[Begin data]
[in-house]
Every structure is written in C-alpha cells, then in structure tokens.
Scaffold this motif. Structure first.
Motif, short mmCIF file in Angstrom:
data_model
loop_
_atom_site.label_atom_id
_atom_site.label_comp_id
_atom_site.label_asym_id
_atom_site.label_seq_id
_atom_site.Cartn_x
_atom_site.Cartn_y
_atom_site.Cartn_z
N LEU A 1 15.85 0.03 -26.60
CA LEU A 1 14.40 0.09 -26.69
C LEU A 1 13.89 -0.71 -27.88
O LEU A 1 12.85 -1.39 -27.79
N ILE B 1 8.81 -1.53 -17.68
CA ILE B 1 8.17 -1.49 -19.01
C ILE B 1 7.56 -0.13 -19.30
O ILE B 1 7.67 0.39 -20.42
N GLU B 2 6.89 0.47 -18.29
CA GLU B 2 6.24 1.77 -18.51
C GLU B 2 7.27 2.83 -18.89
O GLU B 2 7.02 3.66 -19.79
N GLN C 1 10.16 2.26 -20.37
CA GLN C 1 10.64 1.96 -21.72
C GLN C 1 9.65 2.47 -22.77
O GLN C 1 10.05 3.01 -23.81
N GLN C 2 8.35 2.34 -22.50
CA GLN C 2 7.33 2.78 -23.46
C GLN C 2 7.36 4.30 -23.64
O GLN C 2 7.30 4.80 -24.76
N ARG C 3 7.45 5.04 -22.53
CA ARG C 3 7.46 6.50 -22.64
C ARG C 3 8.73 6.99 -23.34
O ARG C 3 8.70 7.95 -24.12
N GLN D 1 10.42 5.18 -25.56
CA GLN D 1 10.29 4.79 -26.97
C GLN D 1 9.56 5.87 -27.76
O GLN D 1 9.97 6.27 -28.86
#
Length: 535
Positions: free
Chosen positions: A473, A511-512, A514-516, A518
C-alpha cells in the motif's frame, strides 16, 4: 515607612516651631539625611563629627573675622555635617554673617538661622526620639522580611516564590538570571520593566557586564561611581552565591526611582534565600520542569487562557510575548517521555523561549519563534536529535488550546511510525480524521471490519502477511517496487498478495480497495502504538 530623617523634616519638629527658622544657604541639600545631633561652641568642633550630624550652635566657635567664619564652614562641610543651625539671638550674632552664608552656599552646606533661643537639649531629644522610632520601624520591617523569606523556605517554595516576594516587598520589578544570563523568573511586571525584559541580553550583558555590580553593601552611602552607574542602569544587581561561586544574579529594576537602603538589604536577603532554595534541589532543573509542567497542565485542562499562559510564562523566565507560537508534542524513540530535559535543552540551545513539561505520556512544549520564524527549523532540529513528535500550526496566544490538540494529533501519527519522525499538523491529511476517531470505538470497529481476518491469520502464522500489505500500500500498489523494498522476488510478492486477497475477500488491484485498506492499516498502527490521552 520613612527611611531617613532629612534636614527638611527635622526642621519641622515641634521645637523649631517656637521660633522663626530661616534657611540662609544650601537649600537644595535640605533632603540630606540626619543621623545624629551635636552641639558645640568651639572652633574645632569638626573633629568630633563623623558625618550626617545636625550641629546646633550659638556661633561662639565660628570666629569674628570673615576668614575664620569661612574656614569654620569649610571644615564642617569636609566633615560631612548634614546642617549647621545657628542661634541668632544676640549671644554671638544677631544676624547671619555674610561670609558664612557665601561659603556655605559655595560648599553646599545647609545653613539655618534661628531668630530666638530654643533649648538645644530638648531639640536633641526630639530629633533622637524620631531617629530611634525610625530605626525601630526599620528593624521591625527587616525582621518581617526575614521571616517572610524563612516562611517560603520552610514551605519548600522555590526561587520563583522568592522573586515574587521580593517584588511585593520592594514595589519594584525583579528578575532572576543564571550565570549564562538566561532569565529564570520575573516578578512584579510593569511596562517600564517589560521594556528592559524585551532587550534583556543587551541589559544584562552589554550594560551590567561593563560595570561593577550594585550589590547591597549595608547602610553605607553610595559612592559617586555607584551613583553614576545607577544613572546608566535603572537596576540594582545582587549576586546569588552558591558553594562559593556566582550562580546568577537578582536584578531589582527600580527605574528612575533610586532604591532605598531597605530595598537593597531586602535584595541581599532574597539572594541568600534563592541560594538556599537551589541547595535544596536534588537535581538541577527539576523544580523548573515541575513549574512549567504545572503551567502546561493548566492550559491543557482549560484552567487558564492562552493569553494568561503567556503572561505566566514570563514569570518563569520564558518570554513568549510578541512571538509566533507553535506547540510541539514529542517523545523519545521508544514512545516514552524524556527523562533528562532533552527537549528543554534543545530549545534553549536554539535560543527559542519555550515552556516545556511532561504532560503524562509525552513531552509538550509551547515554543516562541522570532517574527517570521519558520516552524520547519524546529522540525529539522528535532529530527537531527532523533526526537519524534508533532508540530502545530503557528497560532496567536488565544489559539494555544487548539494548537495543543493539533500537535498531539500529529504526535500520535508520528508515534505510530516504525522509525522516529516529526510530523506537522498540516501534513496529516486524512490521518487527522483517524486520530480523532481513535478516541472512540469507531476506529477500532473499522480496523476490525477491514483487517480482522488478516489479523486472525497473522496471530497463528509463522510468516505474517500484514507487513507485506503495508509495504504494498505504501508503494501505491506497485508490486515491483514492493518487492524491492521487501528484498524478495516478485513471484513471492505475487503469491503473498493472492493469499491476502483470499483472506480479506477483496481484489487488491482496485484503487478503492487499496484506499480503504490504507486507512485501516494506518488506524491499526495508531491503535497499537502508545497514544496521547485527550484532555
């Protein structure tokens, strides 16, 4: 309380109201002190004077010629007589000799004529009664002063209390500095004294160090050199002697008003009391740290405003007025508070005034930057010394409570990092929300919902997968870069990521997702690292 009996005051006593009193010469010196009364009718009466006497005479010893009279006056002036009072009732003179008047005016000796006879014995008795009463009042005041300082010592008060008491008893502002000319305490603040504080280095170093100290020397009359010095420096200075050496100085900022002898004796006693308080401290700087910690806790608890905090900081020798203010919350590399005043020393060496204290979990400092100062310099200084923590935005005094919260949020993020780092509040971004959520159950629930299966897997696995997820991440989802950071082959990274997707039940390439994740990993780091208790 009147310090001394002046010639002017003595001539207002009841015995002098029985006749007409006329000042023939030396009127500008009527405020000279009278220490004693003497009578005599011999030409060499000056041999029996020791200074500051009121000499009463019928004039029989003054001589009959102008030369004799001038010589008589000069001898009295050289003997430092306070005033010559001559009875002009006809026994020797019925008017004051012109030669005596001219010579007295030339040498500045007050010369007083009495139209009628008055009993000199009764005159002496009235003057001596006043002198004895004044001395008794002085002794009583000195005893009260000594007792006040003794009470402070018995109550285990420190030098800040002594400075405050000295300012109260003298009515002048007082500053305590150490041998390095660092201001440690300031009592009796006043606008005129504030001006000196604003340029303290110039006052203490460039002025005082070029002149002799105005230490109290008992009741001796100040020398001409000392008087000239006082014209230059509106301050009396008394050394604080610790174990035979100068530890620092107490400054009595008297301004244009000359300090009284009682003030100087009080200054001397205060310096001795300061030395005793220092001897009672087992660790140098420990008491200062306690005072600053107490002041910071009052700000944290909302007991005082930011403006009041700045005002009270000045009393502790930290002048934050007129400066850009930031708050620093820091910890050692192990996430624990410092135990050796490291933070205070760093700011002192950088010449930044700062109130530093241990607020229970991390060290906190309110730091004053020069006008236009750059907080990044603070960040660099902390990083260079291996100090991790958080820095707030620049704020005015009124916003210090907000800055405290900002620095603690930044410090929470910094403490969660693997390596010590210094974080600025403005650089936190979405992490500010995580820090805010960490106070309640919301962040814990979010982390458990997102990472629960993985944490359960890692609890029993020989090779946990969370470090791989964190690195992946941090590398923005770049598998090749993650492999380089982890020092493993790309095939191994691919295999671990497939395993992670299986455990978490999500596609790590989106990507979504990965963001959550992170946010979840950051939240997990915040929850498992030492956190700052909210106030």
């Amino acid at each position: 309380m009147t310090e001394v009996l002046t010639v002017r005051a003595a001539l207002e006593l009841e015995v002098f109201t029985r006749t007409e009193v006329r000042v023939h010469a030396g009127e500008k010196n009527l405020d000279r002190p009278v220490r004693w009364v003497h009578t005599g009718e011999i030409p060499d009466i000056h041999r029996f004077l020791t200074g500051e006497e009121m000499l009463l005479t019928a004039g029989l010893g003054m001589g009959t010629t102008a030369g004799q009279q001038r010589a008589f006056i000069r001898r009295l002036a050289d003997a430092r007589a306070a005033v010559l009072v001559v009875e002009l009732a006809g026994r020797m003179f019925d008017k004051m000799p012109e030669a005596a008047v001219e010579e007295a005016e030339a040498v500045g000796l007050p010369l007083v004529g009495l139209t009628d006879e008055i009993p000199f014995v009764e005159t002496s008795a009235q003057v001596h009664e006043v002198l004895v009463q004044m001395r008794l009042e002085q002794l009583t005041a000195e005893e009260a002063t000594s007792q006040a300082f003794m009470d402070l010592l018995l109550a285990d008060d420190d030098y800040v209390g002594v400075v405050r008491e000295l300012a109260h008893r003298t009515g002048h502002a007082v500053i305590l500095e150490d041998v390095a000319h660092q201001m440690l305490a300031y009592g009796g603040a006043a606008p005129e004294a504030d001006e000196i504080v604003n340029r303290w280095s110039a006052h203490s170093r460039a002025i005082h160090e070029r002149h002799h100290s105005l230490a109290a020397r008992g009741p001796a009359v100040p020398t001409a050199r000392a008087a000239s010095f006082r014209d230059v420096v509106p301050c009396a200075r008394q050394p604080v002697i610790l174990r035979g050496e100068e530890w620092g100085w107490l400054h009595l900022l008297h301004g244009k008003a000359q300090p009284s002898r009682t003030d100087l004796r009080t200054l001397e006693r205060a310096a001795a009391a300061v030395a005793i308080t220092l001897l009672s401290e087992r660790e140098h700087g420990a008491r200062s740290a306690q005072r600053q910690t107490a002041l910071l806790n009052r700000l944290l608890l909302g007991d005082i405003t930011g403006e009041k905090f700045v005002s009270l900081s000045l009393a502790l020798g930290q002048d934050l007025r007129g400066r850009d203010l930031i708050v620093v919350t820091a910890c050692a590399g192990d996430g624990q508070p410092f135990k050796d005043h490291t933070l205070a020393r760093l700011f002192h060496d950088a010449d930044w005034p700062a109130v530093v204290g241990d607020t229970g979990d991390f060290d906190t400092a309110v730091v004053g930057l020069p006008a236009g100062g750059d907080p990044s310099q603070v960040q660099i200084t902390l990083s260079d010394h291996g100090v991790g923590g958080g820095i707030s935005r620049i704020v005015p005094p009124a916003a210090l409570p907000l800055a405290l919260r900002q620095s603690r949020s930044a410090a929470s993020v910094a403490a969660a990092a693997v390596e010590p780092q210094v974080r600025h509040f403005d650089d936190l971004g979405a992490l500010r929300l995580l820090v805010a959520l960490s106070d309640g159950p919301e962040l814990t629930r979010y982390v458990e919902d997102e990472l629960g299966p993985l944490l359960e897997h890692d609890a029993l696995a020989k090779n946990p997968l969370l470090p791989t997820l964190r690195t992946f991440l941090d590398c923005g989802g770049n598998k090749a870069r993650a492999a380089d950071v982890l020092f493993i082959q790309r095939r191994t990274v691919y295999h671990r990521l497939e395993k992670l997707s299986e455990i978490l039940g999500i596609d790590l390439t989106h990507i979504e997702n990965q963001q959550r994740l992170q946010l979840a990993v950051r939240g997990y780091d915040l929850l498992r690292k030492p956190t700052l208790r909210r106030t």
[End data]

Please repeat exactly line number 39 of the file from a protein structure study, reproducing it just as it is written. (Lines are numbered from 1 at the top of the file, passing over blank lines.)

CA GLN D 1 10.29 4.79 -26.97